RANCHO MIRAGE, Calif. — The exponential growth in technology innovation is driving increasing exposures for companies, leading to greater volatility and uncertainty for cyber insurance buyers, experts say.
The technology is “literally exploding,” Michael Steep, Stanford, Calif.-based founder and executive director of the disruptive technology program at Stanford University and CEO of consulting firm Transform Innovation Ventures, said during a panel session Tuesday at the Captive Insurance Companies Association 2023 International Conference.
Silicon Valley and tech startups globally will spend $300 billion on disruptive technology by 2022, creating massive amounts of data for all kinds of connected devices, he said.
Artificial technologies, such as ChatGPT, are also evolving, creating problems for businesses and consumers, he said.
This next wave of technology will “open up a whole new area of vulnerability to cyberattacks,”; Steep said, noting that bad actors can manipulate information in a way that allows it to spread in virtually any type of application without adequate protection.
The speed of AI-based attacks is now in milliseconds, while the IT response time to these attacks is “ridiculous” — about 167 to 215 days, he said.
The outlook for cyber insurance is uncertain and volatile, said Aaron Hillebrandt, Bloomington, Illinois-based principal and consulting actuary at Pinnacle Actuarial Resources.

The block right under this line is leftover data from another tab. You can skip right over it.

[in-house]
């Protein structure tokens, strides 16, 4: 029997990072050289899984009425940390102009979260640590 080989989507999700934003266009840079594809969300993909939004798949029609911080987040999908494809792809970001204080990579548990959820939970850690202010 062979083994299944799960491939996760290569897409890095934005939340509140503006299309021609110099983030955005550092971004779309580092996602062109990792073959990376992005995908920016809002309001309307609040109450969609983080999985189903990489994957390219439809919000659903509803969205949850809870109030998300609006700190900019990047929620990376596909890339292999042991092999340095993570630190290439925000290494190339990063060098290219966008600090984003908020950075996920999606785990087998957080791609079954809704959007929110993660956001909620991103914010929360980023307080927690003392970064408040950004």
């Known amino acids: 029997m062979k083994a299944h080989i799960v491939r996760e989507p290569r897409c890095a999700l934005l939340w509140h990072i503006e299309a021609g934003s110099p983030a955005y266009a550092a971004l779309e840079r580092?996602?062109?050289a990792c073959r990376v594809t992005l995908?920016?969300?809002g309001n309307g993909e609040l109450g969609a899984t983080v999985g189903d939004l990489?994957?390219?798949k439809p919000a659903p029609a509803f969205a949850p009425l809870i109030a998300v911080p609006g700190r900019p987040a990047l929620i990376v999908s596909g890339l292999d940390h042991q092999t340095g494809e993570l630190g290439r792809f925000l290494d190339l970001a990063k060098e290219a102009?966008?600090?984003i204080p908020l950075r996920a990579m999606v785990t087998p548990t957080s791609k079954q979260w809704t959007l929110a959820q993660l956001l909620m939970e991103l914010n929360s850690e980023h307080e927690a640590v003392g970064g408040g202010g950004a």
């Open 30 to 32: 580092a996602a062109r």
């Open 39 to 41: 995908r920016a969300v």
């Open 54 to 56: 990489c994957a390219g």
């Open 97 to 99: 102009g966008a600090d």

“A year ago, we felt pretty confident that interest rate hikes would continue, and bond yields would tighten,” Hillebrandt said.
But the picture is no longer clear, he said, noting that his analysis of recent loss ratio data at one cyber insurer indicated a “dialback” of loss trend assumptions, pointing to a tightening of underwriting, while interest rates appeared to have eased.
“If you’re thinking about writing homeowner’s insurance in Florida where there’s a lot of hurricanes, you’d reasonably expect that it would be really expensive to cover. But if an insurance company all of a sudden decided that the only homes they were going to (cover) would have to touch the Georgia border, then you might be able to take a major rate cut for that hurricane. That might be some of what’s going on here,” Hillebrandt said.
By 2021, cyber buyers faced overall rate increases of as much as 400%, said Nick Pearson, Tampa, Fla.-based vice president of BMS Group Ltd.
“There was a market correction of pricing that needed to be done on some of these risks,” Pearson said.
While price increases still occur, they have “leveled off,” with some books seeing increases more in the 10% to 50% range, he said. He attributed this change to greater underwriting discipline by insurance companies.
Insurers are asking a lot more risk management questions, which has helped, Mr. Pearson.
“It’s been tough to place some insurance,” and there’s a much greater focus on risk controls, such as multifactor authentication and endpoint detection and response (EDR), he said.
The insurance industry has traditionally looked back at historical loss scenarios and loss ratios, but companies need to be more proactive in responding to cyber threats, said Stephen Cardot, CEO of CloudCover Re, based in Minneapolis.
The days of people sitting in front of monitors to resolve attacks from bad actors “are over,” Cardot said.
The use of automated intelligent platforms and deep learning technology that can predict IT security problems at sub-second reaction times will increase, he said. AI generative platforms are “a game changer” that can help mitigate and control cyber risks in real time, he said.